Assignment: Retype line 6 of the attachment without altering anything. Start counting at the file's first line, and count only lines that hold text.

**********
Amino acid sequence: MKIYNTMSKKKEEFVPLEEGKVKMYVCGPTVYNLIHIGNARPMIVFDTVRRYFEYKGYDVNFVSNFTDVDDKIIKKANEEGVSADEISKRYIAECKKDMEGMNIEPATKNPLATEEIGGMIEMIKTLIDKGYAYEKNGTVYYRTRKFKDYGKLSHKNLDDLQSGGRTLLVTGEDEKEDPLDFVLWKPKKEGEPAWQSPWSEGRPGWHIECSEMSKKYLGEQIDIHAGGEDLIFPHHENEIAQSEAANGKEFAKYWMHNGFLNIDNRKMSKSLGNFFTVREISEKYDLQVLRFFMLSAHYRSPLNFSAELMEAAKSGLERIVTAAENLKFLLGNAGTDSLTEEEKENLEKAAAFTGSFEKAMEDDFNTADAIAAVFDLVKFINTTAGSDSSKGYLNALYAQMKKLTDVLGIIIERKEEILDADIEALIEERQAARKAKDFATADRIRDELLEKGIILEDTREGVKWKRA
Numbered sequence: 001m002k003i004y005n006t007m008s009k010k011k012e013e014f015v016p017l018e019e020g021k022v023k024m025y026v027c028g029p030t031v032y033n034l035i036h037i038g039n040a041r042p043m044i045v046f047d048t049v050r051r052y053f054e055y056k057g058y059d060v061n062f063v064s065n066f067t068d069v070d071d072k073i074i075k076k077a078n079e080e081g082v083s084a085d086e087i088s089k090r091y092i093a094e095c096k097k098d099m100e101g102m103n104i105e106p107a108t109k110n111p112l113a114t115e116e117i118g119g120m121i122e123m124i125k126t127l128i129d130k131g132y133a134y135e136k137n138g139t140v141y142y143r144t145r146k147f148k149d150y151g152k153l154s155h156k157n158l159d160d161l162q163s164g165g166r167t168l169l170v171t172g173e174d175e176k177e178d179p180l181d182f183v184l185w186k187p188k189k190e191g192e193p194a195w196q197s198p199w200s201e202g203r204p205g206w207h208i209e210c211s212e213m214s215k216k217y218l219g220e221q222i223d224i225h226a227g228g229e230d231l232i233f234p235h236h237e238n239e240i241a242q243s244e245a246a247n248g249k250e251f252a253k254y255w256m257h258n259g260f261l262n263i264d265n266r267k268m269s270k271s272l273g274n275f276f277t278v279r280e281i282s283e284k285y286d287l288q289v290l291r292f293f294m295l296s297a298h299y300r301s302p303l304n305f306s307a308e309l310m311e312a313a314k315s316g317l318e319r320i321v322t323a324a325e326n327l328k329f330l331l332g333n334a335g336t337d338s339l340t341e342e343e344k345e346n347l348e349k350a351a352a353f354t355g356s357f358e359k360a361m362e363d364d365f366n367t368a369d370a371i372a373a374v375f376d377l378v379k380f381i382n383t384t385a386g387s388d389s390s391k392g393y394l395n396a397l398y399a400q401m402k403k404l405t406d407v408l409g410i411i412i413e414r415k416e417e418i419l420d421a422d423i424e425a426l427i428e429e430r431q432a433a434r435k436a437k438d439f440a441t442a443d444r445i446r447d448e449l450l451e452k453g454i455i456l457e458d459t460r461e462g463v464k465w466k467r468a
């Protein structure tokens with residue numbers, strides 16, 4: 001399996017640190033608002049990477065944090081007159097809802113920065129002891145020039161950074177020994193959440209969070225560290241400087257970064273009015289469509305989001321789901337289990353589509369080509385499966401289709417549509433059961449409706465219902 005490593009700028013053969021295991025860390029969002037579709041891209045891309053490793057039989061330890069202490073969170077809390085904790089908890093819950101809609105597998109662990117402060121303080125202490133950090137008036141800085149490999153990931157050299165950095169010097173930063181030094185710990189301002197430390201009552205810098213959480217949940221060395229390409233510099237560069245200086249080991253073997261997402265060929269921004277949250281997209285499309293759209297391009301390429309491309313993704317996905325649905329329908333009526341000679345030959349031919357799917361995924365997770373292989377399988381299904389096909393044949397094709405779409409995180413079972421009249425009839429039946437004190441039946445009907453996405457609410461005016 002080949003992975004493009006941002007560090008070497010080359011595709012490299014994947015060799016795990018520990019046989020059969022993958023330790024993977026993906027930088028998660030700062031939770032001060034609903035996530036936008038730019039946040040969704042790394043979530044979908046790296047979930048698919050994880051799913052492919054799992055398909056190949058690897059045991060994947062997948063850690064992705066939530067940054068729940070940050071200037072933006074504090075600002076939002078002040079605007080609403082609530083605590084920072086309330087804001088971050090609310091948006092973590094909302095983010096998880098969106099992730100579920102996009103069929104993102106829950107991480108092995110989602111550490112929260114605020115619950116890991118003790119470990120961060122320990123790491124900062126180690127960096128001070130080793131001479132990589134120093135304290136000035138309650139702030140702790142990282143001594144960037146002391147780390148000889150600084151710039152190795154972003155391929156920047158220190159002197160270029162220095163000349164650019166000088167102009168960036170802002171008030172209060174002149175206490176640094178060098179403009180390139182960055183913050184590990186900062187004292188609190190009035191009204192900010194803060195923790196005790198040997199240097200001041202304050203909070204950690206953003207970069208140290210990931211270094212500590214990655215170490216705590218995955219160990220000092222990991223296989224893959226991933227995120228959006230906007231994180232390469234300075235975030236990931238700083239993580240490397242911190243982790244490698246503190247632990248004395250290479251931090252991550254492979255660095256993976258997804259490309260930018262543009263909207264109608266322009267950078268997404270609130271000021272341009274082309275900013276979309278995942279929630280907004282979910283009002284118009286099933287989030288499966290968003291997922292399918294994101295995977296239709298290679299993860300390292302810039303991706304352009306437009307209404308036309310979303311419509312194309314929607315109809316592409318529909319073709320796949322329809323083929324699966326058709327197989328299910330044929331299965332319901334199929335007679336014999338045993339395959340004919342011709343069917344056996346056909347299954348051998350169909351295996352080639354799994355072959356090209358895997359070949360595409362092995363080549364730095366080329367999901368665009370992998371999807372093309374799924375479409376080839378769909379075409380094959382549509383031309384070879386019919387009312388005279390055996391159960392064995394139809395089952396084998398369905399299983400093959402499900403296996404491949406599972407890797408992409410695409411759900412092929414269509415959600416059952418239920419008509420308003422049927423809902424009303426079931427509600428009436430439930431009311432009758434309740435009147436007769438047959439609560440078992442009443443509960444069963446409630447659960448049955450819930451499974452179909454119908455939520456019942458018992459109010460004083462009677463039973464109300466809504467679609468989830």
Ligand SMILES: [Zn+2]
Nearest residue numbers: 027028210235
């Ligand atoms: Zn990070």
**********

């Ligand atoms: Zn990070």